Calgary police recommend but don’t use on own vehicles
Each winter as the first snowfall blankets the roads, drivers never seem quite prepared and crashes litter the streets. Snowy weather can catch people off guard, and in most cases, drivers don’t have their winter tires on yet.
Const. Jim Lebedeff, part of the traffic education system for the Calgary Police Service, said that on Sunday, Oct. 27, there were approximately 272 property damage crashes and 27 injury crashes reported in the city.
The following weekend there were 177 property damage collisions and ten injuries. Lebedeff said Calgary drivers were not caught off guard on the second weekend and had made winter driving preparations.
However, even at the beginning of December, once many people already have winter tires, there were still numerous accidents during the blizzard that hit the city. From Dec. 2 at 6 a.m. to noon on Dec. 4, there were 30 injury classes and 396 non-injury, according to Calgary police.
Parker Hogan, the press secretary for the Ministry of Transportation, says the province has no plans to make treads required by law and didn’t directly recommend the use of winter tires.
“The government has no plans to legislate snow tire use, but expects that Albertans know they live in a winter environment and if they will be driving in snow, ice and other winter conditions would prepare their vehicle to maximize their safety,” Hogan said via email.
“I think anybody that drives a vehicle and is travelling at speeds of 50 km/h on asphalt or gravel or anything else that gets snowed on, for their own safety, the safety of their passengers and those around them, it’s one of those things where it would be considered common sense,” Hogan said later on the phone.
Photo by Neil Hilts
Hogan also said Alberta has no plans to implement mandatory snow tires in mountainous areas near the Rocky Mountains with more snow. British Columbia currently enforces that cars must have winter tires from Oct. 1 to April 30 when driving through certain regions.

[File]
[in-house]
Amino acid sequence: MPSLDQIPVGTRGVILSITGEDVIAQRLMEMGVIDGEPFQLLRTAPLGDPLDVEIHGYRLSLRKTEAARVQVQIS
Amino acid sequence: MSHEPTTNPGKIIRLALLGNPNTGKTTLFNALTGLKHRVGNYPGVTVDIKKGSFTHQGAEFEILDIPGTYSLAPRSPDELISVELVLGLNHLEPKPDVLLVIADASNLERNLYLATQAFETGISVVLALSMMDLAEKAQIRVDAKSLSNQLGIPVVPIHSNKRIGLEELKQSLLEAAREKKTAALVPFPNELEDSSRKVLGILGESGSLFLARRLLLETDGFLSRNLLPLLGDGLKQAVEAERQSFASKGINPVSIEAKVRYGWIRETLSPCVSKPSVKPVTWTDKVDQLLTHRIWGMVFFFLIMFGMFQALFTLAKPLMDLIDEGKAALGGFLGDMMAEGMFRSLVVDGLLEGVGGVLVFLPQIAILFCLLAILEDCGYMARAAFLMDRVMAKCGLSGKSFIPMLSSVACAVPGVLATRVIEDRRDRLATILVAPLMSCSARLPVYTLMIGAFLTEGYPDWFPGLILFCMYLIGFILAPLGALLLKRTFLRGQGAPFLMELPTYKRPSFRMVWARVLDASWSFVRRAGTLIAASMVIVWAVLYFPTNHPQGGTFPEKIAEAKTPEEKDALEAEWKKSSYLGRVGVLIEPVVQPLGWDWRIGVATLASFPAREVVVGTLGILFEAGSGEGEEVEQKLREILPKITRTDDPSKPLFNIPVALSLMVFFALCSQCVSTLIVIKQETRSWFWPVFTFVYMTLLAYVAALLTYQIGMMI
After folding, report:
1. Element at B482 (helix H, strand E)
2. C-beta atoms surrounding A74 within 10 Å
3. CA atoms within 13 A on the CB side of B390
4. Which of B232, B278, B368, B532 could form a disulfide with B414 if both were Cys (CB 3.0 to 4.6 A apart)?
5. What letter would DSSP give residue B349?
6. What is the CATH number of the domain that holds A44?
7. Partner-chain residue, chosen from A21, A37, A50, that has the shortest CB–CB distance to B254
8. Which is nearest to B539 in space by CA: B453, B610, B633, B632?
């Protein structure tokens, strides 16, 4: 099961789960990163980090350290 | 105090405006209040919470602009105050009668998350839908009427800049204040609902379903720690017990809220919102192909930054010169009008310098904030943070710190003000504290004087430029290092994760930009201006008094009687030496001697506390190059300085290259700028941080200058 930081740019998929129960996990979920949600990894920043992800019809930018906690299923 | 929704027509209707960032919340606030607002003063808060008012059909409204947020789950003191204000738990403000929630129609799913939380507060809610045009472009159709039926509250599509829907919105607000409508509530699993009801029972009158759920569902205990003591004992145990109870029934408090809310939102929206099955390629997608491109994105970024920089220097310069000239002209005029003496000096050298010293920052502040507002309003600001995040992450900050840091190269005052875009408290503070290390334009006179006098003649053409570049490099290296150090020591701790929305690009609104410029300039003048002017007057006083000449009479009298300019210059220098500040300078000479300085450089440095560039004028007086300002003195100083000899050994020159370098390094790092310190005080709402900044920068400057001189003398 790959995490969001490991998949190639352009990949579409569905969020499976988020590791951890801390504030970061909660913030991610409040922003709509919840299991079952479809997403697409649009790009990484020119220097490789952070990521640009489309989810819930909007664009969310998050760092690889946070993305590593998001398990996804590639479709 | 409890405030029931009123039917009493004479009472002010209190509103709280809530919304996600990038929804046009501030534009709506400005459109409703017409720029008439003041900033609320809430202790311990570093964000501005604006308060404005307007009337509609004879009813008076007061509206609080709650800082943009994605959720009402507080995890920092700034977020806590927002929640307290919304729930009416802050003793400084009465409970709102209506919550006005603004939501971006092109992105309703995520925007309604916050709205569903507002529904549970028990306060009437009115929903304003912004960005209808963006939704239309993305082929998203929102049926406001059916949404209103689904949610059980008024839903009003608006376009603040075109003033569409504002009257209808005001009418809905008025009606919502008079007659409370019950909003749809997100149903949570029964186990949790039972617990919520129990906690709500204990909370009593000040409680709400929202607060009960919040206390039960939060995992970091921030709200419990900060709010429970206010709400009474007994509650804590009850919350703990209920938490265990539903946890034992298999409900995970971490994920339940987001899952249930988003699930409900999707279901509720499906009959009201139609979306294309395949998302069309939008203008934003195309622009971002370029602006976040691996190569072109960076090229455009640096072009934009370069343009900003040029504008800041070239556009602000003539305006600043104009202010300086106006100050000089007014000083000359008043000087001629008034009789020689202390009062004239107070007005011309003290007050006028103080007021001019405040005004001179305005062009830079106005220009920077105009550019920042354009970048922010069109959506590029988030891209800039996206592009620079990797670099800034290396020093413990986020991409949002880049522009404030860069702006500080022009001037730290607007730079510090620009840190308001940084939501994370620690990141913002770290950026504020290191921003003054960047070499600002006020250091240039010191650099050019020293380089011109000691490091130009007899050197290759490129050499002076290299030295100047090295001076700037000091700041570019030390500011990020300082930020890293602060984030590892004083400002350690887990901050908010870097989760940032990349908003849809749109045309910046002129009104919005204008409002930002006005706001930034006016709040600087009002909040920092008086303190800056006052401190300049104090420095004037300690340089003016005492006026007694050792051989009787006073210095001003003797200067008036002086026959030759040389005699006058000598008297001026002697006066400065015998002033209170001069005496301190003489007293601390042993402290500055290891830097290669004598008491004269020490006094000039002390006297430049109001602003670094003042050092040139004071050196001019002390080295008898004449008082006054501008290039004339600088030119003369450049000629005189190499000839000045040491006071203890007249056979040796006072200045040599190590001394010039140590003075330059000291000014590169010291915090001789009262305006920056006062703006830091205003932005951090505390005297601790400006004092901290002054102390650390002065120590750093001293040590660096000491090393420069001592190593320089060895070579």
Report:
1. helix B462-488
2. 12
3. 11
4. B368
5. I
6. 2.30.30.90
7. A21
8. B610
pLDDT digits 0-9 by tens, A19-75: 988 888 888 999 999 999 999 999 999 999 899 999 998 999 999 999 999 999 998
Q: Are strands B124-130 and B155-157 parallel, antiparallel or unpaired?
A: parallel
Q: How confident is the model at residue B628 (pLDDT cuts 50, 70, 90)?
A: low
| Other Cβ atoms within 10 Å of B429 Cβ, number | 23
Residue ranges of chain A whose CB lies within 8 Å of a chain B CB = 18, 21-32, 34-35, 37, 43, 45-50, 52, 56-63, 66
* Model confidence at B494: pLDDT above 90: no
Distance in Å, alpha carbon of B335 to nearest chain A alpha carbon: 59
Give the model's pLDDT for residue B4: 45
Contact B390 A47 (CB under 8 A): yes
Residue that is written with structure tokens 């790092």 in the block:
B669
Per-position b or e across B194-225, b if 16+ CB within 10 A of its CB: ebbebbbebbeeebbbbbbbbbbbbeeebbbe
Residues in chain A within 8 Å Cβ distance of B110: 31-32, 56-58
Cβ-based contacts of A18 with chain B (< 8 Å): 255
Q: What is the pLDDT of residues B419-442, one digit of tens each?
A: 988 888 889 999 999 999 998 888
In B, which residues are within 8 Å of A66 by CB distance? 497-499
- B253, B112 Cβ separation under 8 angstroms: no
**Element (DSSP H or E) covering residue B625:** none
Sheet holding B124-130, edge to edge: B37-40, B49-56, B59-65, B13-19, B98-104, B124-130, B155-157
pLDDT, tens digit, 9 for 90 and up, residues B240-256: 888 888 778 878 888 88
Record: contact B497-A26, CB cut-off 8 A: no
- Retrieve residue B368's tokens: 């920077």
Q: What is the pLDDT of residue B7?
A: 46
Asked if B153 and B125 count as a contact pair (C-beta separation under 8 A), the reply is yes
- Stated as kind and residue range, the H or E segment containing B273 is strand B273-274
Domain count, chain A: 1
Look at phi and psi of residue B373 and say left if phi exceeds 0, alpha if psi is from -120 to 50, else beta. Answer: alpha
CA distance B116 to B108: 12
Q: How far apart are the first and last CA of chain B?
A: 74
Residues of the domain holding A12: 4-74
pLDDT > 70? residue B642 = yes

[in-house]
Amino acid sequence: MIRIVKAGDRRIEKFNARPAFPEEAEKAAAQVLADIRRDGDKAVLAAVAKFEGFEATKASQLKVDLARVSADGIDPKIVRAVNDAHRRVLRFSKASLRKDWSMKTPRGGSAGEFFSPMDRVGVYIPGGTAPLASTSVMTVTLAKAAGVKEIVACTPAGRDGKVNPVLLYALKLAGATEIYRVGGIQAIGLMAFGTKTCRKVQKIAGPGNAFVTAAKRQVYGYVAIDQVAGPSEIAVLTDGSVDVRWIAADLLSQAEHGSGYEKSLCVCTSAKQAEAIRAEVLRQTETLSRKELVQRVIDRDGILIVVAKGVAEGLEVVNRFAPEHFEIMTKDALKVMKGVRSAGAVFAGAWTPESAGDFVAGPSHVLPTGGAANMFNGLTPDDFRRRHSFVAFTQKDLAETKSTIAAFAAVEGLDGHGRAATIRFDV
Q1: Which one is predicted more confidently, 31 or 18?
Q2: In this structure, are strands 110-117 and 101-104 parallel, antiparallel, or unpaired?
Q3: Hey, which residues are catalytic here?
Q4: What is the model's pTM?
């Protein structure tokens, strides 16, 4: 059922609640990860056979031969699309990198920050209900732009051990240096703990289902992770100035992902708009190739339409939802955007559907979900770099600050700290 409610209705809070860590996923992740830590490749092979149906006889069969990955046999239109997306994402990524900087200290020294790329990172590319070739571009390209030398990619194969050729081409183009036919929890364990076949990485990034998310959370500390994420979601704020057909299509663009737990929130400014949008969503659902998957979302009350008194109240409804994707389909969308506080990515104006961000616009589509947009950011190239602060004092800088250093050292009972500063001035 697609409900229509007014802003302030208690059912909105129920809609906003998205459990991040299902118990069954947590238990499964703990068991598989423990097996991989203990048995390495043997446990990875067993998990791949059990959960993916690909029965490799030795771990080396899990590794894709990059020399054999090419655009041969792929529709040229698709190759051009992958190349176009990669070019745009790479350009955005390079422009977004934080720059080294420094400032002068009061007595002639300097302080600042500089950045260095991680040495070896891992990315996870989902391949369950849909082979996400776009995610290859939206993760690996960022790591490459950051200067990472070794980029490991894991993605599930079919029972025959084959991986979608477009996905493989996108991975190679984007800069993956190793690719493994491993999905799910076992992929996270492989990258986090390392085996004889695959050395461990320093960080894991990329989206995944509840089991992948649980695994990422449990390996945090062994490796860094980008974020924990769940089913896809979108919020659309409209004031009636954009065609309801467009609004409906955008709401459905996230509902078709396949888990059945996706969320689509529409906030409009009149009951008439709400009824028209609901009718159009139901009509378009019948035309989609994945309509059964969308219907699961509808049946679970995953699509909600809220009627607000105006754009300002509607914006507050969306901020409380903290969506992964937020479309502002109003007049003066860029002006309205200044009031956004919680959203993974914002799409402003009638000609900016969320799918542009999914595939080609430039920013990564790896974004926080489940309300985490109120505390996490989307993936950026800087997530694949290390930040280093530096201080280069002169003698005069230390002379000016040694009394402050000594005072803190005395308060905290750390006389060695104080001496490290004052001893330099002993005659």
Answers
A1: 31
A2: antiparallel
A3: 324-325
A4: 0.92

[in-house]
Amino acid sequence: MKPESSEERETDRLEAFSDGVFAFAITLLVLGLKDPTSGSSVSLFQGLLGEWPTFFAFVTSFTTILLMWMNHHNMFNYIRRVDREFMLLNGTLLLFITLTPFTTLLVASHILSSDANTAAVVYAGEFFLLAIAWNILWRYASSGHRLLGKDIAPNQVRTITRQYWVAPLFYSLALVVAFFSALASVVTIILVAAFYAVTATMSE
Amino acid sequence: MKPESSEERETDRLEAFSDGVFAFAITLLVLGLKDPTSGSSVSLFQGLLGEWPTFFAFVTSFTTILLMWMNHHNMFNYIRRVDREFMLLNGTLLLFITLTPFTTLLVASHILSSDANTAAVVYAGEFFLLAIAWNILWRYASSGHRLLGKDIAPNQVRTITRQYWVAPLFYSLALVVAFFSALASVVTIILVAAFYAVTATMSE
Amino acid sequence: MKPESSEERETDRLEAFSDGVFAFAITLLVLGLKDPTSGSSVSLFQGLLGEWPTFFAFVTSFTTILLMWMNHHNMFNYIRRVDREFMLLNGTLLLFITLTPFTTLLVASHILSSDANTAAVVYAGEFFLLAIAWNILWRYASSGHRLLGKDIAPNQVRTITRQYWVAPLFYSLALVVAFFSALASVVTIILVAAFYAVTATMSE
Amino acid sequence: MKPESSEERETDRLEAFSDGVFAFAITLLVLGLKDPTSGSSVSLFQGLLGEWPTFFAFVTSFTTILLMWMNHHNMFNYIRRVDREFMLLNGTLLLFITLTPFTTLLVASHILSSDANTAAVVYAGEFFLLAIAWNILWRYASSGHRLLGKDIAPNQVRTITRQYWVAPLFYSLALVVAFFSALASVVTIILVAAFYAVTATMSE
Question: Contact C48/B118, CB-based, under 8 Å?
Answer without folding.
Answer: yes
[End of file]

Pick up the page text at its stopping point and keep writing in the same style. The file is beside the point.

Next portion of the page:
“Motorists need to ensure their vehicles are well-maintained and ready to face winter driving conditions,” Hogan said. “We also recommend motorists always drive according to road conditions.”
Lebedeff said the Calgary police do not record whether the vehicles in collisions have winter tires or not.
The Calgary police vehicles don’t require the use of winter tires, mainly because of the time it would take to change the whole fleet.
“The new cars will be all-wheel drive, but they won’t require winter tires,” Lebedeff said. “It would take too long to change all tires on cop cars. They use an all-weather tire.”
While some people are confident enough to drive without winter tires, what about when it comes down to children on their way to and from school?
Fernando De Sousa, a rural maintenance manager of Southland Transportation Ltd., said via email that the province dictates whether or not school buses require winter tires, though there isn’t a law.
“Southland Transportation does not use winter tires on their buses but we do use Goodyear tires — G622,” De Sousa said. “These tires have aggressive blading that provides great road-gripping traction in all weather conditions. Our tire treads also have sipes that help tremendously in wet snow conditions.”
Kaltire senior zone manager Mike Butcher witnesses the rush of people who switch to winter tires, but says Calgarians seemed to be more prepared than in past years.
He says he would be a supporter of winter tires required by law.
“I would probably lean towards (having winter tires legislated). I wish there wouldn’t have to be a law to get it done, but there is a definite benefit to having (them),” Butcher said.
Butcher also said there are viable all-season tires for those who don’t want to switch their tires, but said they don’t compare to an ideal winter tire.
More information on road safety and winter driving in Alberta can be found at the Government of Alberta’s website www.saferoads.com.